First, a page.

Third point: There are smelly, obese, badly dressed people that are determined to sit right beside you and emit their putrid stench all throughout the general area and don’t seem to take the severe outburst of coughing fits, long vomiting episodes and general panic that spreads like wild fire through the whole bus as a hint to have a shower or at least to tame the wild forest that grows all around their body. I mean when grown adults start to breakdown and cry when you walk onto the bus and loudly exclaim that they have gone blind and lost all sense of smell and that they don’t want to live any more on this earth then there must be something wrong. 

And yet I am forced to catch this damn bus every day, as motorcycles zoom past around the outside, on to tackle their favourite corners and what not. I am intensely jealous. Not to worry, soon I will be upon a mighty steed once again and I will be sure to tell you all about it.


As dawn breaks tomorrow, the start of the 2012 practice sessions for the Isle of Man TT begin. The most dangerous and amazing race on the face of this Earth. With over 200+ deaths to date on this circuit, there is no room for error, and when you do make a mistake, things go bad very quickly.

I am one of many, wishing that they could be standing just metres from the road as high-power bikes race past at blazing speeds. The sounds penetrates the peaceful silence of the island, with birds chirping and the sound of the countryside all around you, the bikes power through the twists and turns of the circuit and compete for the win, or least of all, to finish in one piece.

Rider gets some hang time before slamming back down to the ground and entering into a high-speed corner.

Rider gets some hang time before slamming back down to the ground and entering into a high-speed corner.

It is definitely worth checking out ‘Closer to the Edge’ if you haven’t already! An amazing movie going into the lives of the TT riders, namely Guy Martin and taking you deep into the world of this amazing race.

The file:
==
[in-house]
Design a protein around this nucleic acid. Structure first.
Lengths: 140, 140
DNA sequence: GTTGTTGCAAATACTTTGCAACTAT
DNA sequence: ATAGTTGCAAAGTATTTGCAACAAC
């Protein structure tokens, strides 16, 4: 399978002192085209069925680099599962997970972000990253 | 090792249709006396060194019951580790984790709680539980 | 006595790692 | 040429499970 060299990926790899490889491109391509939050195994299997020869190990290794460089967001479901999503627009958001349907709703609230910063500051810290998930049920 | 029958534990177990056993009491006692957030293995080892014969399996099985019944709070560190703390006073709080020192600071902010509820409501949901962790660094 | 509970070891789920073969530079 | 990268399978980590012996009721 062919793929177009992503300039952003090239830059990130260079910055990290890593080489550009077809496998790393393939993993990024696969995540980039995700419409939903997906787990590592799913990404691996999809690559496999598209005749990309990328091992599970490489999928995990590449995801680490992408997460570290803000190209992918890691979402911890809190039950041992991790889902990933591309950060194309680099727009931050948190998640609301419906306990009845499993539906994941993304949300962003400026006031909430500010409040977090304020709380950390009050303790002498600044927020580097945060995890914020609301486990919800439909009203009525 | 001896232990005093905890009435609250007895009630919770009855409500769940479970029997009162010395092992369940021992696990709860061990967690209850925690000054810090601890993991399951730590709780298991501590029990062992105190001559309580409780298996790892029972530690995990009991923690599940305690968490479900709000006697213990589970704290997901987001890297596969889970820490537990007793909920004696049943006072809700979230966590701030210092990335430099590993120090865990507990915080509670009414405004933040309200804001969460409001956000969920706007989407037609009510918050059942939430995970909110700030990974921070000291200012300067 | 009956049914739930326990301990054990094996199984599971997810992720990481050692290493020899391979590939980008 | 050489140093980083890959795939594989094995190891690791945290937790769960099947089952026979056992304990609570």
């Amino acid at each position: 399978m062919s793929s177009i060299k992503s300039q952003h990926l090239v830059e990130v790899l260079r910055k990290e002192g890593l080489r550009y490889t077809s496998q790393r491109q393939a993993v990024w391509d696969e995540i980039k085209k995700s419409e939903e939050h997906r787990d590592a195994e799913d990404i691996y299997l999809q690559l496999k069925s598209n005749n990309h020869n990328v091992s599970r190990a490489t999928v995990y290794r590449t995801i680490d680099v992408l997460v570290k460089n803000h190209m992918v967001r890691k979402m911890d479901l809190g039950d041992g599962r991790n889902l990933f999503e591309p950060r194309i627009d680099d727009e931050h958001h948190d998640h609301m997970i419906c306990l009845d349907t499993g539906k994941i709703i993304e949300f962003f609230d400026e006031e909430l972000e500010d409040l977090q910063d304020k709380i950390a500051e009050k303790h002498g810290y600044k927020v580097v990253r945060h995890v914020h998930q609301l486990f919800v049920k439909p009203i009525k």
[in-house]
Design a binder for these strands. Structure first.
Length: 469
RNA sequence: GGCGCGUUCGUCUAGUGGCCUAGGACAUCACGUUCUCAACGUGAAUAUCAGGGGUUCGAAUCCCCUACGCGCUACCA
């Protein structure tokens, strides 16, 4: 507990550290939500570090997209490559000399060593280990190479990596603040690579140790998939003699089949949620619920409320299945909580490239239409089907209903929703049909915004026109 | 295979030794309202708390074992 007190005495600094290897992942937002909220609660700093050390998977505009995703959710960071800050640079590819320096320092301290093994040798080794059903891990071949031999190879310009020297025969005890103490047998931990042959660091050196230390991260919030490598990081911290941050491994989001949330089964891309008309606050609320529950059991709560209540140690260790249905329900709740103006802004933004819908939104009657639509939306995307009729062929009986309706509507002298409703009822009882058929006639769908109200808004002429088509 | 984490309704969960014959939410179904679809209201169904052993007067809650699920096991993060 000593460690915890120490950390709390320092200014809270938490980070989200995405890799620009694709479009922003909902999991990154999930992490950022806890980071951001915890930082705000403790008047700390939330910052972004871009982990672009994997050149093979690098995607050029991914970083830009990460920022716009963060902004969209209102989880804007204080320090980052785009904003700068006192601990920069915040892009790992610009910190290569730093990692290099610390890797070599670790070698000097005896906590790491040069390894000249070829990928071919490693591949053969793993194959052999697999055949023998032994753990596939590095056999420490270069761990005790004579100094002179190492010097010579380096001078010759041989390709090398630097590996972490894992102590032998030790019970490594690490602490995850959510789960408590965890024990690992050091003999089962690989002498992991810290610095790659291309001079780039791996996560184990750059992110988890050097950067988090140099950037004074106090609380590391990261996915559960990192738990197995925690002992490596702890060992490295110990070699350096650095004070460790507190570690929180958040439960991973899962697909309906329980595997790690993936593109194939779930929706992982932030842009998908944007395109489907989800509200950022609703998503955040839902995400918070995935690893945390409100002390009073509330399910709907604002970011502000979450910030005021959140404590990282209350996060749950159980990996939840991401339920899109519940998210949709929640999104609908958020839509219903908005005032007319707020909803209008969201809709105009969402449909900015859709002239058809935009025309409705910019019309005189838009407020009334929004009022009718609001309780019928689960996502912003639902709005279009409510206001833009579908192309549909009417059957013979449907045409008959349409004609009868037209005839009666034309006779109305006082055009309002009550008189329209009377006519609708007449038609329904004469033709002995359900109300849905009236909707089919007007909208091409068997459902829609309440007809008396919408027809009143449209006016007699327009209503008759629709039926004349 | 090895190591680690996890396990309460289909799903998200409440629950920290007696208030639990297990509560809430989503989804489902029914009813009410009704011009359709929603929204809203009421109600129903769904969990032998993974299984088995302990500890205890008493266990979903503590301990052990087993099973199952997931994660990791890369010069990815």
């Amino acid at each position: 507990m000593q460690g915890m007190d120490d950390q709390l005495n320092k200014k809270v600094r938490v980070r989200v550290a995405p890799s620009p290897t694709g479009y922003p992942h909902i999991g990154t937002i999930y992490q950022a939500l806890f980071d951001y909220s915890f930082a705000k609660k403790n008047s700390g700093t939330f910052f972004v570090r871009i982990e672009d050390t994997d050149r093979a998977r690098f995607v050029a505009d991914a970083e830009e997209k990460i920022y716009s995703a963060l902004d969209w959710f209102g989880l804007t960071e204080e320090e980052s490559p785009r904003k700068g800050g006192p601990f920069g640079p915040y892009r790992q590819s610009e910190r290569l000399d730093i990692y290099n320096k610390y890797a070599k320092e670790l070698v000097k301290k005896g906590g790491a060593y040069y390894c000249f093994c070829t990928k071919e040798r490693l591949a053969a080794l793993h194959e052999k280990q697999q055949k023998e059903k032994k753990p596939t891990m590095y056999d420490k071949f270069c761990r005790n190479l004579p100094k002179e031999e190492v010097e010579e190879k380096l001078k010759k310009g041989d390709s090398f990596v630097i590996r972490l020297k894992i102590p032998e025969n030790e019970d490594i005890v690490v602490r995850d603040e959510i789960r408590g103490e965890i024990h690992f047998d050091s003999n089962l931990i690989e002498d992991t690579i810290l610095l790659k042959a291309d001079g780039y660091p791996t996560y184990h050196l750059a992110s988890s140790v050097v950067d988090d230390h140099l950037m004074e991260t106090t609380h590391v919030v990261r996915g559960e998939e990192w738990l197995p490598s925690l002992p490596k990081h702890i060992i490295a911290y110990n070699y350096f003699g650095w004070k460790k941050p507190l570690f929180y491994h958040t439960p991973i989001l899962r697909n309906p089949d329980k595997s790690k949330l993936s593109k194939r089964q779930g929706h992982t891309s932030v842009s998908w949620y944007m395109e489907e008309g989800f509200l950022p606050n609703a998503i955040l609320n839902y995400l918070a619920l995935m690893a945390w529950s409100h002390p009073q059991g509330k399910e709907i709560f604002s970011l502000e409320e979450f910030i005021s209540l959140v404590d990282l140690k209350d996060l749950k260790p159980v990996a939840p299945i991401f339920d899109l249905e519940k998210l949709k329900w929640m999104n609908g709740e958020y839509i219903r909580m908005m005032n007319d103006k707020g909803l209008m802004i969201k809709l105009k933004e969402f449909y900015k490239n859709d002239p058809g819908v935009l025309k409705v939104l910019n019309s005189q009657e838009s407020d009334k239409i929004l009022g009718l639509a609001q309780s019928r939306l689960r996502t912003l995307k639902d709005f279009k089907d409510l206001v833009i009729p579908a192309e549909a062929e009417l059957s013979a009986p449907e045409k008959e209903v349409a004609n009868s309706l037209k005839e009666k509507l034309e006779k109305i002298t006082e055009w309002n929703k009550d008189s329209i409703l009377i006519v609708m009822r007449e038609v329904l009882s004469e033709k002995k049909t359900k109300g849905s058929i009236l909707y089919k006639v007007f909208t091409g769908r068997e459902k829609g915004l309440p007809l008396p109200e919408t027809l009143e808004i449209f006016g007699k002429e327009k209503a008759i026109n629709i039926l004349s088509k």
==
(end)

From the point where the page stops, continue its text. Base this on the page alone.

Guy Martin talking his way through the course.

So to kick the day off, work was going swimmingly, preparing food for the day and chopping various items with my large, sharp knife. I had a pot of butter on, simmering away when as some silly girl walks behind me and bumps into me, I knock the pot of hot butter onto my hand and in retaliation, swing wildly around with my knife and ‘accidentally’ slit this poor girls throat as she falls to the ground with a thud and warm, crimson blood soaking into my nice clean Chef’s clothes. 

I quickly realise the gravity of the situation and make my way out of there as soon as possible, I jump onto my motorbike and pin back the throttle. Then I remember to turn the bike on, and now I am off on my way to my safe house which is prepared for one such occasion as this. On the way there I stop at a set of traffic lights as a scooter rider pulls up beside me with only a bicycle helmet on and 3 small children on the back of his 50cc Zongshen scoot. 

He tries to smile at me with a large toothless grin and spits out some foreign language in an attempt to make polite conversation. Since I am not in the mood to talk I ignore him, but he persists on trying to talk to me and all I can make out from the muffled, dying dog sound coming from his mouth was “” Hello, I like your bike!” Or something along those lines, I get angry that he is still trying to talk to me so give his little scooter a swift kick with my armoured boots and watch as he slowly but surely, topples over to the ground. 

Unfortunately at this point a large bus decides to pull up beside us and… you get the idea. 

So that is my current predicament, I am typing this from the safety of an internet cafe on Queen St in Auckland city and I am sure that they will not find me here. Though there are quite a few people looking at me, but I usually get this because of my good looks. 

Oh hang on, I think they are calling the cops?! 

Will update later got to ru…